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Idoctor love to shop. I love the anticipation of a great bargain, the simple joy of finding that perfect thing for someone I love, and absolutely beautiful smiles that await me on my return.  I shop all year, in all weather and in all manner of ways.  But there is an exception; I hate shopping for a new therapist.

Shopping for a therapist is like buying shoes without ever trying them on.  You are given their color, their age, how they were made, and sometimes one or two other fun facts, but unless you actually try them on there is no way to know if they fit.  The problem with this, at least in terms of shopping for therapists, is that trying them on requires you to sit (stand/lay) in front of them – a perfect stranger –  for an hour and hope that you don’t have to do it fourteen more times until you find the right doctor to waste your precious time listening as they try to cure you.

It used to be that I would stay with a doctor for months, and then completely give up on therapy for a period of time rather than just continue shopping until I found one.  It was like I gave myself permission to try to find a therapist and if it didn’t work out the first time, I would give myself permission to say at least I tried.  And honestly, it always backfired on me.

I am a difficult patient. I have often described here why I am a difficult mother or a difficult wife, but there is a different kind of pain in the ass that I reserve for doctors.  I am stubborn, and there are times when their ideas are so ridiculous that I have to roll my eyes (and it’s in front of them).  I am smart, and I am self-aware (it’s the only to survive this disease).  So while I welcome and desire other perspectives, and possibilities than the ones I am consumed with, I despise when doctors stick to the, “how did that make you feel”.  I need reasons in my life, I need to be able to look at the same problem in different ways, and I need another voice to gently suggest that I should and can be different.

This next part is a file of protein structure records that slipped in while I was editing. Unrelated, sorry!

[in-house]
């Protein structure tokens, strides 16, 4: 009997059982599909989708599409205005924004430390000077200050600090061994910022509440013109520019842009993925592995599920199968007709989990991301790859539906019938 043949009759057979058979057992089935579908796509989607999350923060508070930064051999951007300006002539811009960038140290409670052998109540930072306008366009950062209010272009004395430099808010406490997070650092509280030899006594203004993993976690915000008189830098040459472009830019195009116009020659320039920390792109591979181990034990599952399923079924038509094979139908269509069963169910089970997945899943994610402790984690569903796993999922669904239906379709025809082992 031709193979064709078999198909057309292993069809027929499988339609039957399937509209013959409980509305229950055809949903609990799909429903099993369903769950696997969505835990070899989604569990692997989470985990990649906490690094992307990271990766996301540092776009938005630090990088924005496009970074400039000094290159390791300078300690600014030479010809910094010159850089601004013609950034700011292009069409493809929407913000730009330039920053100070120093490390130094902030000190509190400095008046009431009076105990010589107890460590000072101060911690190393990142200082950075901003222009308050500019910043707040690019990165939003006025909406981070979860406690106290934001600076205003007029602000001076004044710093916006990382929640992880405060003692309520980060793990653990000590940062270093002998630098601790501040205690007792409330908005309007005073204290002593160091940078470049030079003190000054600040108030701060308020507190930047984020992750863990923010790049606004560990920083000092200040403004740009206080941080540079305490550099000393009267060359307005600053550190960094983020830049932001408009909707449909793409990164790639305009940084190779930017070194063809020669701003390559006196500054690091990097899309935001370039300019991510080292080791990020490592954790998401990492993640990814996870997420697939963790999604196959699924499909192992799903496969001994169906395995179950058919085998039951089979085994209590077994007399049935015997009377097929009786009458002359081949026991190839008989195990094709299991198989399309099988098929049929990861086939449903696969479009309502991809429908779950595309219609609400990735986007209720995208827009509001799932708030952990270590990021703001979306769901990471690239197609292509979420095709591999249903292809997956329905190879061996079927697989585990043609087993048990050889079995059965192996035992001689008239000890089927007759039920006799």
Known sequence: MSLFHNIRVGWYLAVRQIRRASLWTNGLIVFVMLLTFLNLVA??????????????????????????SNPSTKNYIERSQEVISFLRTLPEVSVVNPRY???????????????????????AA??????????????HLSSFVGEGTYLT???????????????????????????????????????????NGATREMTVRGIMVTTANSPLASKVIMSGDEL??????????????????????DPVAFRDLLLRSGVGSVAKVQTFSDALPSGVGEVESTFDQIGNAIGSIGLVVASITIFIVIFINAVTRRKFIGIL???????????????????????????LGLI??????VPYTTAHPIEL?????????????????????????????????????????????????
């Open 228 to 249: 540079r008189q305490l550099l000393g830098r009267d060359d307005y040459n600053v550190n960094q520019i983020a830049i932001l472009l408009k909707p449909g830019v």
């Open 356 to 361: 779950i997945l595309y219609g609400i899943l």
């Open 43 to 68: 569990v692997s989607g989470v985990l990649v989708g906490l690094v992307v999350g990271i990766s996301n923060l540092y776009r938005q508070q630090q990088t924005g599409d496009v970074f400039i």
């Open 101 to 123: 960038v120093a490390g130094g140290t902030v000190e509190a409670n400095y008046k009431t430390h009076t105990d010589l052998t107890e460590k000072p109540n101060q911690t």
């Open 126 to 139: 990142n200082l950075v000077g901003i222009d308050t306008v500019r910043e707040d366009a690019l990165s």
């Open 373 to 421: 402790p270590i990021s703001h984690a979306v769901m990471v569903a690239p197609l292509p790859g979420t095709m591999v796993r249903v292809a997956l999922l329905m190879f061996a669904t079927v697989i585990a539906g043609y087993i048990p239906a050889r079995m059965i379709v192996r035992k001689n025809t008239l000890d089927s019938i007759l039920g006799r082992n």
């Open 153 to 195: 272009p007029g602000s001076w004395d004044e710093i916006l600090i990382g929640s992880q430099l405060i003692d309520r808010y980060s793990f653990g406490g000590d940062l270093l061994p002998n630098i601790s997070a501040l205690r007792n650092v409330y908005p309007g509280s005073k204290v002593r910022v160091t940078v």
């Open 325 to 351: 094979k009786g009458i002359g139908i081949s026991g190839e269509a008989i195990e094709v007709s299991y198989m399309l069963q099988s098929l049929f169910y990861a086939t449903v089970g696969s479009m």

I have low self-esteem (I know from that last paragraph you don’t believe it) and I have the rarest of personality types on the Myers-Briggs.  I am complicated, and this disease makes me even more so.  I am quite capable of good things, but I am lazy and don’t do it.  I would rather be reading than do just about anything else (eat, sex, watch TV, shop) and there is no way that you will ever convince me that I am a good person.

So what I need from a doctor is quite simple in all of that…I need a conversation. An intelligent conversation to help me work through the problems I am already aware of.  And you would think that doctors, having paid for that much school, would naturally be smart, but my definition of smart and some of these schools definition of smart is very different.  I don’t want hand holding, nor do I want a hug.  I don’t need you to soothe me, or be falsely caring.  I just need you to listen and think.  Just think about it and help me to think about it.

Oh, why can’t I write a letter to this new therapist before I go?  Telling him exactly what I demand?  Why can’t I give him the head’s up he truly needs to be able to deal with someone like me?  And why do I have to be so screwed up that I have to go to a therapist in the first place?  Oh, to be normal.

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